|Posted by Cohen Bray House on October 11, 2016 at 11:45 PM|
This post is the story of Thomas Cowell, a gardener who worked at Oaktree Farm in 1880. Based on the census records, it seems like Thomas may have been counted twice - once as part of the Bray’s household and once as the head of his own household nearby in Oakland.
Thomas was born in England sometime between 1841 and 1844. He immigrated to the US in 1877 (according to the 1900 census). It is difficult to know anything about him before that because there are literally thousands of Thomas Cowells born in England between 1841 and 1844.
Records for Thomas Cowell on www.familysearch.org
Thomas’s wife, Mary, was Irish, and fascinatingly they had three children - Elizabeth, Thomas, and William - born in Australia, and then their youngest, John, was born in California. Australia was an ~80 day journey from England in the 1850s and 60s. There are any number of reasons why Thomas and Mary could have ended up there. Based on the age of their children, they would have had to have arrived in Australia by 1869 at the very latest. In 1851, Australia had its own gold rush, which brought in a wave of immigrants from mostly the British Isles and China, however that would have been too early for Thomas to travel, seeing as he would have been no more than 10 years old.
It is also a mystery why they would have left Australia right when they did. The Australian economy was booming in the 1870s, so it is unclear why they would have chosen to take their 3 young children on such a huge journey.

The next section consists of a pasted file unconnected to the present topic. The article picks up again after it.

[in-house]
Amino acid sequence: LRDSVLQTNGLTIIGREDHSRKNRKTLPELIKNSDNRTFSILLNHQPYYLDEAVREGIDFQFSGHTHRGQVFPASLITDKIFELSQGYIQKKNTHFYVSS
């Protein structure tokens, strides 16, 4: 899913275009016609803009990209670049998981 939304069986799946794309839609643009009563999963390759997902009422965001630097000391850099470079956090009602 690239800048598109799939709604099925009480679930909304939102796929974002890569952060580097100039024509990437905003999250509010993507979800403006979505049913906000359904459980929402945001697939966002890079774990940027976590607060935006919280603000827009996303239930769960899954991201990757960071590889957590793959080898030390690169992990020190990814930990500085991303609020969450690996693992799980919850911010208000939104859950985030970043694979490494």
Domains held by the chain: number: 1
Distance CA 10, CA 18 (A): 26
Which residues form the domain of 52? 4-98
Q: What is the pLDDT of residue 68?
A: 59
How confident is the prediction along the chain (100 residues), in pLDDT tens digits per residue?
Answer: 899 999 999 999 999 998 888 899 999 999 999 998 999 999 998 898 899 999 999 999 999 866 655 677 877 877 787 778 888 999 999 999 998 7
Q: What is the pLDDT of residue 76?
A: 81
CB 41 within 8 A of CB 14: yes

But in any case, that is what it appears that they did. According to voting records for Thomas from 1894 and 1896, the family was living about a mile away from the Oaktree Farm estate in at 1656 13th Ave.
1656 13th Ave, Oakland Today, Source: Google Street View
Distance from Thomas and Mary's home to the Cohen Bray House
The whole family is absent from the 1890 census and, sadly, Mary had passed away by 1900, meaning that she was no more the 55 years old, and probably significantly younger. Of course, the life expectancy for a white female of her generation was 40 years old, so she actually live longer than most of her peers.
Average US Life Expectancy. Note the difference between white and non-white life expectancy in the early 1900s. Source: Info Please
Thomas continued living with his son John for many years afterwards. We last see him in the record in 1920 still living in Oakland with John and his family. Excitingly, there are lots of people to track down in this family, some of which were in Oakland and alive as recently as the 1980s. We will do that in Part II. Stay tuned!